The Conservative government may be quietly revisiting a decade-old decision not to join the U.S. ballistic missile defence (BMD) program (Steven Chase, “Ottawa examines merits of U.S. missile defence program,” Globe and Mail, 12 May 2014).
Although little noticed by the public, two parliamentary committees have been holding a series of discussions with rocket scientists, military brass, and missile defence enthusiasts about Canada joining the U.S. system.
When Paul Martin’s government looked at the issue back in 2004/05, it decided not to sign on for a variety of reasons—chiefly that the system wouldn’t work, would cost too much, would provide little to no benefit to Canadian security, and, probably most important, was opposed by many Canadians—but some observers suspect this time might be different.
“You can just get a sense from the questioning that this is something that the government wants to consider,” said NDP defence critic Jack Harris (Vassy Kapelos, “Ottawa quietly taking another look at ballistic missile defence,” Global News, 8 May 2014).
James Bezan, the parliamentary secretary to the Minister of Defence, told a European defence summit last week that Ottawa “hasn’t made any decision” on the matter.
Colin Robertson, a former Canadian diplomat who recently testified in favour of joining the U.S. missile defence program, said he believes the U.S. government isn’t pushing Canada to jump on board, but that Ottawa is increasingly concerned about regional threats like Iran and North Korea.
“I think the government is testing the waters to see whether the conditions are right,” said Mr. Robertson, vice-president of the Canadian Defence and Foreign Affairs Institute. He called the missile shield an “insurance policy” and said it “makes a lot of sense.”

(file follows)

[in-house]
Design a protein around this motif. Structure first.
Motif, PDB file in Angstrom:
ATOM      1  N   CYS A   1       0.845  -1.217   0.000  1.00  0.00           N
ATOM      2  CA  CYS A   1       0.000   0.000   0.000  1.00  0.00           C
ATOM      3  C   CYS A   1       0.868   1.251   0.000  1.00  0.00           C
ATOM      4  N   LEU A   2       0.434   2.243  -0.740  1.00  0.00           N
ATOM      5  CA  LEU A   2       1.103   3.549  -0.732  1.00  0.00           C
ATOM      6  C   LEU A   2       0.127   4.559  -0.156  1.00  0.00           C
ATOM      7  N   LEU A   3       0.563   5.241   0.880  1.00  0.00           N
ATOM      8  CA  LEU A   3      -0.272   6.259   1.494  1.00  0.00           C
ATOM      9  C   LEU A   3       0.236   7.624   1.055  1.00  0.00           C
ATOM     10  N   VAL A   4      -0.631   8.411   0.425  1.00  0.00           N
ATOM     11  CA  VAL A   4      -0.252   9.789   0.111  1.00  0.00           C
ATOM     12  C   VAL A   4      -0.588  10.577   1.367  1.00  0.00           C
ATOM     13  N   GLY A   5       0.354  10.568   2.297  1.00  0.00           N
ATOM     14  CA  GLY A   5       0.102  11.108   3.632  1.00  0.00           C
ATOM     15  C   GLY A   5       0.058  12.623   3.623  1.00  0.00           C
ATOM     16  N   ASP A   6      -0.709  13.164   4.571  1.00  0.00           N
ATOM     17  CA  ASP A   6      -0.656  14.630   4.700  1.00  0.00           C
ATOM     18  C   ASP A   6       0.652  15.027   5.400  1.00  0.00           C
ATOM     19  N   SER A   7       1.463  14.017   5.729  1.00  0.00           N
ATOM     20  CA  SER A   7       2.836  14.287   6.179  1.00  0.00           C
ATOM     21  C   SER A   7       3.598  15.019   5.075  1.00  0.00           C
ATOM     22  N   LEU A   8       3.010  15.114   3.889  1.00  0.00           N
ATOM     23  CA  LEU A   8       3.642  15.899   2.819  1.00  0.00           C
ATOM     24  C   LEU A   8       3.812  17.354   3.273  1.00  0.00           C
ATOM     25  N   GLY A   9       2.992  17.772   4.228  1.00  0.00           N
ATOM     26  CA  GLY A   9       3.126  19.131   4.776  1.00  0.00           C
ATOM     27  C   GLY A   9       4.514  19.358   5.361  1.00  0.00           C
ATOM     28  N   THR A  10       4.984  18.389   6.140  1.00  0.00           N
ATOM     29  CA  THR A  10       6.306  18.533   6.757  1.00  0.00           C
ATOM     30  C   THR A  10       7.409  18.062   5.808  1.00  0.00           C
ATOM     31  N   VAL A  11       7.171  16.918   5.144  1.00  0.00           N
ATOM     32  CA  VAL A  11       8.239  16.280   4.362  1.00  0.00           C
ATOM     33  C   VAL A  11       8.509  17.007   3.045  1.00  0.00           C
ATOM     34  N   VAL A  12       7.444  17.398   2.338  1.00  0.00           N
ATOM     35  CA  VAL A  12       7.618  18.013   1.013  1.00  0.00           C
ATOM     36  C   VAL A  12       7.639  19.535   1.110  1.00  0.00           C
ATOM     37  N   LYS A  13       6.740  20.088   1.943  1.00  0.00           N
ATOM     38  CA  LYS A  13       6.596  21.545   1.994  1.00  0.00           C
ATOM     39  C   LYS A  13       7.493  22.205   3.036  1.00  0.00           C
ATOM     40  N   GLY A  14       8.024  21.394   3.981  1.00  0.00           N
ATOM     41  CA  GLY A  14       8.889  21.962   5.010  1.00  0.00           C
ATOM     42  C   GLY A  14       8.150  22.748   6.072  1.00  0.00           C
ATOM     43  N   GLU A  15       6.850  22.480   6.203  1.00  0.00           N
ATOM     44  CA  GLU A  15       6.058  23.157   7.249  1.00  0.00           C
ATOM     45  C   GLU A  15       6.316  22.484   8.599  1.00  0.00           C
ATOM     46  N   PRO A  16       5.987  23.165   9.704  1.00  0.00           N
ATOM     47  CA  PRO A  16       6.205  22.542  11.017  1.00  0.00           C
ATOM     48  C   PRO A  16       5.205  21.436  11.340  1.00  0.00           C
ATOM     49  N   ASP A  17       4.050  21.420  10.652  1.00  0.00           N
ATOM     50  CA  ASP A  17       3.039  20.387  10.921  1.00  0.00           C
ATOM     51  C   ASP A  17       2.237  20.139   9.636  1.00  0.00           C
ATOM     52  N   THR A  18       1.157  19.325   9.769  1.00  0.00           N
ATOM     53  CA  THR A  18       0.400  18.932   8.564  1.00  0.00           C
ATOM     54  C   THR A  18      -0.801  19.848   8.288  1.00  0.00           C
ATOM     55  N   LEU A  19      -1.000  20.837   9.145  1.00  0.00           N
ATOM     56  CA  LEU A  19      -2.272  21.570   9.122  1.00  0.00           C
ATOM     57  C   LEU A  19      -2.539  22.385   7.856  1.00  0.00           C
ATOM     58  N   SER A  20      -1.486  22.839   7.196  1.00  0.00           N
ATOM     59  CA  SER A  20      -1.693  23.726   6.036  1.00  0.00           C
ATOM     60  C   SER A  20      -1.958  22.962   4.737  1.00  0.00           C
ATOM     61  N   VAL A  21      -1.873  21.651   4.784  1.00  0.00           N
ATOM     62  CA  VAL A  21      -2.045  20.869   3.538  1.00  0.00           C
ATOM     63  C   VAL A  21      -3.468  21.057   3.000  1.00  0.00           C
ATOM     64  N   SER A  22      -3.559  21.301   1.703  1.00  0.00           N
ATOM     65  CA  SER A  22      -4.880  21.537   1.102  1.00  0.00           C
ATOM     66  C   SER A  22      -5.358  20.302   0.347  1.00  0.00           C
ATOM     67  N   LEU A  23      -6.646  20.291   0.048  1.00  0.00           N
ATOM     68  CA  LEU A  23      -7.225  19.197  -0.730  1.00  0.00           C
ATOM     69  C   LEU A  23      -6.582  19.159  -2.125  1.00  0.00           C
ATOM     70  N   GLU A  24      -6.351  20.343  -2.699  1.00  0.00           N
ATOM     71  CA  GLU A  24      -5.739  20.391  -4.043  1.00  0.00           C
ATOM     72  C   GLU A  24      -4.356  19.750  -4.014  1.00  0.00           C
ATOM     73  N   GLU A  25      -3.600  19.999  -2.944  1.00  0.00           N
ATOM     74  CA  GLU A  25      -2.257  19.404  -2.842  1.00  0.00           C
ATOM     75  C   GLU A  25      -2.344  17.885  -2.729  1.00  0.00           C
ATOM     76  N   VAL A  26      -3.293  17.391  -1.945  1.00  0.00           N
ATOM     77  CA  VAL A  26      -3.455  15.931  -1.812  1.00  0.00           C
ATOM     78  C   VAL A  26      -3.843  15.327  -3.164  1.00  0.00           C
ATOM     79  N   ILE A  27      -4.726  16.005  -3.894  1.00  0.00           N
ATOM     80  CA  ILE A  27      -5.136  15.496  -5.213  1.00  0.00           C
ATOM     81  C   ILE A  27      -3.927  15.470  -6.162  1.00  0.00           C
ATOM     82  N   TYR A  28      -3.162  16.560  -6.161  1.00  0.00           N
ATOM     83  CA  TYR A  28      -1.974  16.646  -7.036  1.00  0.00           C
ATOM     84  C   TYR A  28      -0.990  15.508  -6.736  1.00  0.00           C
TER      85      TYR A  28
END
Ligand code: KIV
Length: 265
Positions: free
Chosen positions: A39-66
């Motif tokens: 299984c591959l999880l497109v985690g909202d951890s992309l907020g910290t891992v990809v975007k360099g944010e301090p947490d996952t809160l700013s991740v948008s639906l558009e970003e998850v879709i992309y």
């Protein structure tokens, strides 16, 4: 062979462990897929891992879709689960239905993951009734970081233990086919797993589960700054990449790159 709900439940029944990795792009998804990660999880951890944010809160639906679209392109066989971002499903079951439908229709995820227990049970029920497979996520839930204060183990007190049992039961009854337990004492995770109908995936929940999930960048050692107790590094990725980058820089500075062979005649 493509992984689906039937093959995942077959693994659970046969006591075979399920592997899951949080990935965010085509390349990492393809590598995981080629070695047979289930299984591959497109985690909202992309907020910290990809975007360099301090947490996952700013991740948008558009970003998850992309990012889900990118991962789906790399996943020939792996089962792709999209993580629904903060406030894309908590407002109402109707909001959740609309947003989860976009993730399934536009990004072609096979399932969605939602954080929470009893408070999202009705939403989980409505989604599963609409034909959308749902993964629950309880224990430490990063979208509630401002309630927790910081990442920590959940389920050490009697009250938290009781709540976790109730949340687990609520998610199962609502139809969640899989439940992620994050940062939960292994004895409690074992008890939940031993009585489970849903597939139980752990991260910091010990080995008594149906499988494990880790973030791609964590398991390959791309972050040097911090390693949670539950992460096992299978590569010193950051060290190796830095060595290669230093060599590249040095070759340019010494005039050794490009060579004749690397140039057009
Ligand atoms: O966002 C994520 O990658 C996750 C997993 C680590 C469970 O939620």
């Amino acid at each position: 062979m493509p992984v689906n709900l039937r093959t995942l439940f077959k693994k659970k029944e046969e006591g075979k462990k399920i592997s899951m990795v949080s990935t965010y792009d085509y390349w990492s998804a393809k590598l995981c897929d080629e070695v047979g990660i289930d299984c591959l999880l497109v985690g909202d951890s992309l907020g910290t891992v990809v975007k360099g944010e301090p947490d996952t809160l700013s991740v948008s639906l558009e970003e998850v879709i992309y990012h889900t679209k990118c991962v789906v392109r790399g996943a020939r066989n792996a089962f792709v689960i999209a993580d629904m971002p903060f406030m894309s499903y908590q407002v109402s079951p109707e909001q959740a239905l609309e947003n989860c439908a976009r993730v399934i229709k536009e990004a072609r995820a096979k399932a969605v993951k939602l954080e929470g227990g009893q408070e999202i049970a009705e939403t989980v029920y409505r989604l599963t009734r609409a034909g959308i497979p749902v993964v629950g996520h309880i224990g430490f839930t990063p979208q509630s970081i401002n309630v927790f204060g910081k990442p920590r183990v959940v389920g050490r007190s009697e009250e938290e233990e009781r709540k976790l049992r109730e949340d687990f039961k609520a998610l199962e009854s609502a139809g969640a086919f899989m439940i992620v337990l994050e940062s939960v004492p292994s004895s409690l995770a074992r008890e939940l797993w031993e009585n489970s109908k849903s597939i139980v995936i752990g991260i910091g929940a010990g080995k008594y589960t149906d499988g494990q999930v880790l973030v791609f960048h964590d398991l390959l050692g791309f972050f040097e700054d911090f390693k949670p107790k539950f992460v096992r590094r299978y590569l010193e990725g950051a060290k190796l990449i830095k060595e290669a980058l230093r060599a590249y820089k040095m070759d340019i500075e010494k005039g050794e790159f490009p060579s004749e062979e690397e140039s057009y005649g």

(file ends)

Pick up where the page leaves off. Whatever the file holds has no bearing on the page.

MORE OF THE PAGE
Critics, however, aren’t convinced by the argument that Canada should join the program.
As Steven Staples, President of the Rideau Institute, points out, there’s little reason to believe the missile defence technology even works. “It’s incredibly complicated – what they’re basically trying to do is hit a bullet with a bullet – in space,” Staples said.
The U.S. has not completed a successful interception test, even under tightly controlled conditions, since December 2008, before President Obama took office.
Philip Coyle, from the U.S. Center for Arms Control and Non-Proliferation, echoed Staples’ analysis in his testimony against Canada joining the U.S. program at Senate hearings on Monday:
He said US missile defences remain ineffective. “Shooting down an enemy missile going [24,140 kilometres per hour] out in space is like trying to hit a hole-in-one in golf when the hole is going [24,140 kilometres per hour],” he said. “The hardware being deployed in Alaska and California has no demonstrated capability to defend the United States, let alone Canada, against enemy missile attack under realistic operational conditions.” (Steven Chase, “Ottawa examines merits of U.S. missile defence program,” Globe and Mail, 12 May 2014).
You can see Coyle’s testimony, and that of Lt. General Robert Gard (ret’d), who also spoke against Canadian participation in the system, here.